Skip to content

Japan, Haiti, and Donor Considerations for Disaster Relief

March 14, 2011

[tweetmeme] In many ways, the two situations couldn’t be more different.

Japan is one of the richest nations in the world, quite possibly the country best prepared to handle the kind of massive earthquake and tsunami that hit the north coast on Friday.  Haiti is the poorest country in the Western hemisphere whose history of deforestation and lack of overall infrastructure, including building codes, made it especially susceptible to devastation after last January’s earthquake.

Yet, for donors who wish to help, there are important similarities to keep in mind.

The first is understanding how needs evolve on the ground and the corresponding roles of relief organizations.  The priority during the first 72 hours is search and rescue to save as many lives as possible. That is why in Japan, just as in Haiti, the emphasis has been on help from specialized first responders trained and experienced in disaster situations.

The second is how critical coordination is on the ground. In contrast to the disaster in Haiti, the Japanese government needs to be the central coordinator for both their internal relief efforts and assistance from international governments and nonprofits.

The important stage right now is relief—getting critical supplies to stranded and injured communities. These include: food, water, shelter and heat, medical care, and safety (from radiation risk or aftershocks).

For donors wanting to help, here are 4 tips to consider:

  1. Coordinated response: With the national government in the driver’s seat and uncertainty surrounding safety (aftershocks and radiation), many international relief organizations are awaiting word from the Japanese government on how they can assist given needs on the ground and gaps in internal capacity.  This will be an evolving picture and we anticipate more clarity on needs and roles over the next few days.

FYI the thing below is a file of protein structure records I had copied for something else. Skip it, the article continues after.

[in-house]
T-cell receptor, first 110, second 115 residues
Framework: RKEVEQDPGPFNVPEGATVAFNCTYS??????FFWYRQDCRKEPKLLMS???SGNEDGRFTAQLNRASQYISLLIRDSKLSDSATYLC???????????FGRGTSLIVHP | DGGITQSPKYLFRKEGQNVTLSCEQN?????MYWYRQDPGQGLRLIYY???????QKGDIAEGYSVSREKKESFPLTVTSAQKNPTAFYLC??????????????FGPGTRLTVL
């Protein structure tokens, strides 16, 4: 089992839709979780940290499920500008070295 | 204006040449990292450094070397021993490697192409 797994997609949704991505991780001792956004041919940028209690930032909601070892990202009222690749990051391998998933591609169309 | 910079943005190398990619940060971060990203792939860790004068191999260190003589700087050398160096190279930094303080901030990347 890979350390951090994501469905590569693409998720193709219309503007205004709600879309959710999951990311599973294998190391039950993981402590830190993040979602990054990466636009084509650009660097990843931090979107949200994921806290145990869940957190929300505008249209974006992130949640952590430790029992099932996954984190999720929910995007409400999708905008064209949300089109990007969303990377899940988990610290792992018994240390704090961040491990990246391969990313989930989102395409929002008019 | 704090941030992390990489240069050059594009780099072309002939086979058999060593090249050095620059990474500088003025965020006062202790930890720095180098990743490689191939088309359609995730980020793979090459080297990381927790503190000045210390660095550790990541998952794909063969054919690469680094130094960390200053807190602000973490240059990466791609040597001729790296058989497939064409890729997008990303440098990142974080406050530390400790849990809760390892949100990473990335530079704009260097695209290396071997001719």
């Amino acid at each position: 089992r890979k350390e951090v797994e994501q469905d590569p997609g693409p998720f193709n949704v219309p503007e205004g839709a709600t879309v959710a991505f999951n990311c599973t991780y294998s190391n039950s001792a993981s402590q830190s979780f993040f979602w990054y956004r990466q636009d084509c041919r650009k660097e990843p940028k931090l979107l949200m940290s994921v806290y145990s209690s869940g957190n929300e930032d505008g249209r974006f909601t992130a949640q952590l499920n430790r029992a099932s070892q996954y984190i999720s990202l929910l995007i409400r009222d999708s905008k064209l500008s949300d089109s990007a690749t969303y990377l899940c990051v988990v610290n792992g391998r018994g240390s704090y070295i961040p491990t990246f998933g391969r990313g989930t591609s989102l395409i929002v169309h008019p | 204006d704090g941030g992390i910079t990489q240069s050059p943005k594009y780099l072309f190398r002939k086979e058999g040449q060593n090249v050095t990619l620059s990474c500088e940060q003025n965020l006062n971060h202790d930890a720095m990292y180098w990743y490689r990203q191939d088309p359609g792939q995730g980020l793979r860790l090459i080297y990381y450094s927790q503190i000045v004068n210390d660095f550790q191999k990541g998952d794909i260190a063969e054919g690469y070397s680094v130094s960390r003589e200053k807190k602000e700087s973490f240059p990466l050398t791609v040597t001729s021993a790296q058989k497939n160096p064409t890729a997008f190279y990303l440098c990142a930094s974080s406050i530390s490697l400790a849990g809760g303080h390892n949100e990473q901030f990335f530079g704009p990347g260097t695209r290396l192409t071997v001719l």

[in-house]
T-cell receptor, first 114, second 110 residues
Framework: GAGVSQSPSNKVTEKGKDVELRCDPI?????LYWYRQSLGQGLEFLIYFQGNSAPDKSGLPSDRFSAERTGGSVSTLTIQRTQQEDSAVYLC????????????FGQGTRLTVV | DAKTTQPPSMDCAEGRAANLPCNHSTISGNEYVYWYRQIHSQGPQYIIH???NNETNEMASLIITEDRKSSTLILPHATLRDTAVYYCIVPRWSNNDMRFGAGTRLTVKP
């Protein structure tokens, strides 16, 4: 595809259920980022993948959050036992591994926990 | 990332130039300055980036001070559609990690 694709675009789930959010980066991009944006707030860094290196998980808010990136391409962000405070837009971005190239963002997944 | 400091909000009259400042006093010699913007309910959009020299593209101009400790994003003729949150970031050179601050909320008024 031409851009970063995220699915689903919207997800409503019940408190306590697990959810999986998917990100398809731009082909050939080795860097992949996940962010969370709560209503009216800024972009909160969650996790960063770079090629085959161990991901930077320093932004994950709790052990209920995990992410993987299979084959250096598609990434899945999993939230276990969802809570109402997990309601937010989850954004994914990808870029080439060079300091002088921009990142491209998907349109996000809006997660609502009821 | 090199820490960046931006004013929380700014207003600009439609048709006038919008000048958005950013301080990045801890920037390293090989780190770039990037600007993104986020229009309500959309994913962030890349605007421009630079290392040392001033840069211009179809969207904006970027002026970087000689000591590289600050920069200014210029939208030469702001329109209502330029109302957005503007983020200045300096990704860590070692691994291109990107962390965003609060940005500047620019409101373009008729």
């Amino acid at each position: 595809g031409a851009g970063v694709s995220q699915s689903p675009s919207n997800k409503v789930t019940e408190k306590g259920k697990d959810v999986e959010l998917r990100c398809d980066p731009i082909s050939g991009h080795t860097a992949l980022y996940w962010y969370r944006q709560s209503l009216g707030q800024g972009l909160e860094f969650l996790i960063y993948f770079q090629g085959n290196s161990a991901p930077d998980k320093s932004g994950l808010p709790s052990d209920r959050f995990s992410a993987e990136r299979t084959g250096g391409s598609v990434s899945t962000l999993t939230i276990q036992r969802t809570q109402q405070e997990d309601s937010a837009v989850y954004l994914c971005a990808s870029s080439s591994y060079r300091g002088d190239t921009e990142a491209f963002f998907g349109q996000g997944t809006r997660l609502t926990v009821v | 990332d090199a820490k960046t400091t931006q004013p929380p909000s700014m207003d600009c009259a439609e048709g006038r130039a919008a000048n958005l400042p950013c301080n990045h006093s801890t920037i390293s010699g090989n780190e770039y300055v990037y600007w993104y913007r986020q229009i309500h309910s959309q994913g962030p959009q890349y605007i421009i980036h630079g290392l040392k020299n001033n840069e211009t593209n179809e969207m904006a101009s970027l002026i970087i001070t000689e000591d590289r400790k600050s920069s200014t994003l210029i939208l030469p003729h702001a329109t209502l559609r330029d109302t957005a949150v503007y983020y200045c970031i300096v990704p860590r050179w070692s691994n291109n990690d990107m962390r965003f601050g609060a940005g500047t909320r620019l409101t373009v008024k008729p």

2. Financial contributions. As opposed to food or clothing, relief organizations need monetary donations to quickly prepare to mobilize the supplies and staff that are available to respond to evolving needs.
  3. Orgs well-positioned for quick response. Donors should consider organizations that already have teams in the Asian-Pacific region or have the capacity and experience for fast and efficient disaster relief.
  4. Orgs that can deliver immediate needs. During the next week, anticipated needs include search and rescue, shelter and heat, emergency medical care, clean water and food access, and communication and logistics.

Here is another resource which provides The Do’s and Don’ts of Disaster Donations:

9 Comments leave one →
  1. March 16, 2011 2:40 pm

    Excellent post. We’ve translated your phases of relief diagram and incorporated your recommendations in a our post today for donors in Spain looking to help. Thank you.

  2. March 16, 2011 4:10 pm

    Thank you for reading! We’re so happy that our work could be used to help donors in Spain. How did you learn about our Center?

  3. October 3, 2011 11:38 am

    Hi there,

    One thing I have heard of regarding relief donations is the concern from potential doners regarding the the corruption that is rife in Haiti. I think the general feeling is that any money givenis more likely to reach the needy in Japan than in Haiti. Would you agree?


  1. Articles Related to the Earthquake and Tsunami in Japan | Good Intentions Are Not Enough
  2. Articles Related to the Earthquake and Tsunami in Japan | Good …
  3. Philanthropy Daily Digest 03/15/2011 | Tactical Philanthropy
  4. Japan: “Cutting Through the Noise” – Effective donor help during the immediate relief phase « High Impact Philanthropy
  5. Japan: “Cutting Through the Noise” – Effective donor help during the immediate relief phase
  6. News and Events: Links to what we’re reading this week « High Impact Philanthropy

Leave a Reply

Fill in your details below or click an icon to log in: Logo

You are commenting using your account. Log Out /  Change )

Google+ photo

You are commenting using your Google+ account. Log Out /  Change )

Twitter picture

You are commenting using your Twitter account. Log Out /  Change )

Facebook photo

You are commenting using your Facebook account. Log Out /  Change )


Connecting to %s

%d bloggers like this: